Another trick Fred passed on was when you re-pot, add in 2-3 layers of slo-release fertilizer in the media. ie; put media in very botton of pot, add some fert, add some more media, add another layer of fert , fill with media and sprinkle more fert on top. They are super heavy feeders.

---------- Post added at 05:17 PM ---------- Previous post was at 05:15 PM ----------

Sorry.....that was supposed to say 1 inch long!
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  #26  
Old 03-26-2020, 06:16 PM
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Fred Clarke once told me to never re-pot or water a catasetinae until the roots on the new growth were AT LEAST 1' long.
Maybe I mis-heard him but that's the way I've done it for years and have had very good success.
keysguy ----- I don't think that you mis-heard him. He very likely said that.

The only thing is - enough growers (eg. me, and you and others) will find that - as long as the catasetum is provided conditions such as good temperature range, good lighting level, adequate water (not over water or under water etc) and adequately aerated roots (for getting oxygen into them), then nothing bad is going to happen to the catasetum.

I've seen this for myself. Other people 'can' also see for themselves.

There has been a spreading of information (likely mis-information) about watering emerging roots too 'early' for catasetum coming out of true dormancy. To understand that it is most likely mis-information ----- all one needs to do is to test the mis-information, by simply doing some hands-on and seeing for themselves.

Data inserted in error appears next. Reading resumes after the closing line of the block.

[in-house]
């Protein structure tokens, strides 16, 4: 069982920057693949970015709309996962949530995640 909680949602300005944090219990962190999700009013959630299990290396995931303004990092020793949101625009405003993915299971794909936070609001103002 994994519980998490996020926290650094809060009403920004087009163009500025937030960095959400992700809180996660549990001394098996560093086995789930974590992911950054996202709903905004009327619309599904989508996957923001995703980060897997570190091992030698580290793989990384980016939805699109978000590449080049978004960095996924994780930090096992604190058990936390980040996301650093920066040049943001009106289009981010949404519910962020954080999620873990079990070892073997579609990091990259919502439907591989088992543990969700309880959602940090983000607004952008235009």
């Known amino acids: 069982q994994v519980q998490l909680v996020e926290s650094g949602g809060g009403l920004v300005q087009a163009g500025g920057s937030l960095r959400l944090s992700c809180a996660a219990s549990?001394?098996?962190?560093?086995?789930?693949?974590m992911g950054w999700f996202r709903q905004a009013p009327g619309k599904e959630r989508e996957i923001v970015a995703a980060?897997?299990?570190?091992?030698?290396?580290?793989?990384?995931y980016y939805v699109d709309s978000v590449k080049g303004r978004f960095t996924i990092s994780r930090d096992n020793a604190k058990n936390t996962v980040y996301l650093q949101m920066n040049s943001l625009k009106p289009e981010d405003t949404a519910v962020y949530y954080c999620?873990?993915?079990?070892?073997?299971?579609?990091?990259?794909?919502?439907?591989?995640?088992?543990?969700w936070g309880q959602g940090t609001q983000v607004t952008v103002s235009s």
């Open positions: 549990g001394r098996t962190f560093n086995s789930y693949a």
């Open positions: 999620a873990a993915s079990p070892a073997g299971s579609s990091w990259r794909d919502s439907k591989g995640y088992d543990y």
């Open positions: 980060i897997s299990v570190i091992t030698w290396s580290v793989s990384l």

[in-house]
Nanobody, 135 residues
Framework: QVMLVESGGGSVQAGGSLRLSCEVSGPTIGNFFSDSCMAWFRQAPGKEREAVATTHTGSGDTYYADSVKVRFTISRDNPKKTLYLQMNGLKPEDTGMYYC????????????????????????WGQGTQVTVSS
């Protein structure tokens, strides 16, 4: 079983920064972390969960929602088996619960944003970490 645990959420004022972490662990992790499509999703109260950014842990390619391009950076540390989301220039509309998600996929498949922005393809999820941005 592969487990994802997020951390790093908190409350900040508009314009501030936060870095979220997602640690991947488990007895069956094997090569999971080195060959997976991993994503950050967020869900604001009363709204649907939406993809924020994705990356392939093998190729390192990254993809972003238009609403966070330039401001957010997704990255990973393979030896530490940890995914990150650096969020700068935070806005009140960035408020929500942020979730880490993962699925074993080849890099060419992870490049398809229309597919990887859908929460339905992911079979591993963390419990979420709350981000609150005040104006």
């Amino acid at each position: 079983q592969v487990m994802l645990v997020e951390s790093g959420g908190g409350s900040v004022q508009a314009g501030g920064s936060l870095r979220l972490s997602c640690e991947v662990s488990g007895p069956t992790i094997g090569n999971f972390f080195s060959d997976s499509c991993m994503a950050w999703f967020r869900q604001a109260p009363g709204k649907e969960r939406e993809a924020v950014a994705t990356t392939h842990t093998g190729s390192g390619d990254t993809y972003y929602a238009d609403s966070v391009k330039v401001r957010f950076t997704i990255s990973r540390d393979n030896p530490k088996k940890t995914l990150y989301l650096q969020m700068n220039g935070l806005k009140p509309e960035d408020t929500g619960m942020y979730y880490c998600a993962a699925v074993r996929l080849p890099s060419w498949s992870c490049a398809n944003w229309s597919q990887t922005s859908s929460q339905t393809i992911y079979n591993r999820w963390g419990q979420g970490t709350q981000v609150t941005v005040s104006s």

As most of us here are - being 'hands-on' people. It is ok to go ahead to test various pieces of mis-information ..... especially when there are signs of other growers mentioning that they saw no issues when they tried it out for themselves (for one reason or another).

Importantly - it is important for myself to never insult or offend somebody that was merely trying to help others (as in not offend or insult those people passing around the wrong information), even if the wrong information had been given out. So none of the observations or comments I made were ever meant to create issues for growers.

As long as everybody learns something from sharing of real experience, then that's fine. It's all for the benefit of orchid growers and orchids themselves.

I (like maybe all of us) have a massively high regard for Fred Clarke. He's a legend for providing us a pretty much black coloured orchid that also looks amazing - plus his other incredible work in the catasetum (and other) areas.


Last edited by SouthPark; 03-26-2020 at 08:45 PM..
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  #27  
Old 03-26-2020, 10:04 PM
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keysguy ----- I don't think that you mis-heard him. He very likely said that.

The only thing is - enough growers (eg. me, and you and others) will find that - as long as the catasetum is provided conditions such as good temperature range, good lighting level, adequate water (not over water or under water etc) and adequately aerated roots (for getting oxygen into them), then nothing bad is going to happen to the catasetum.

I've seen this for myself. Other people 'can' also see for themselves.

There has been a spreading of information (likely mis-information) about watering emerging roots too 'early' for catasetum coming out of true dormancy. To understand that it is most likely mis-information ----- all one needs to do is to test the mis-information, by simply doing some hands-on and seeing for themselves.

As most of us here are - being 'hands-on' people. It is ok to go ahead to test various pieces of mis-information ..... especially when there are signs of other growers mentioning that they saw no issues when they tried it out for themselves (for one reason or another).

Importantly - it is important for myself to never insult or offend somebody that was merely trying to help others (as in not offend or insult those people passing around the wrong information), even if the wrong information had been given out. So none of the observations or comments I made were ever meant to create issues for growers.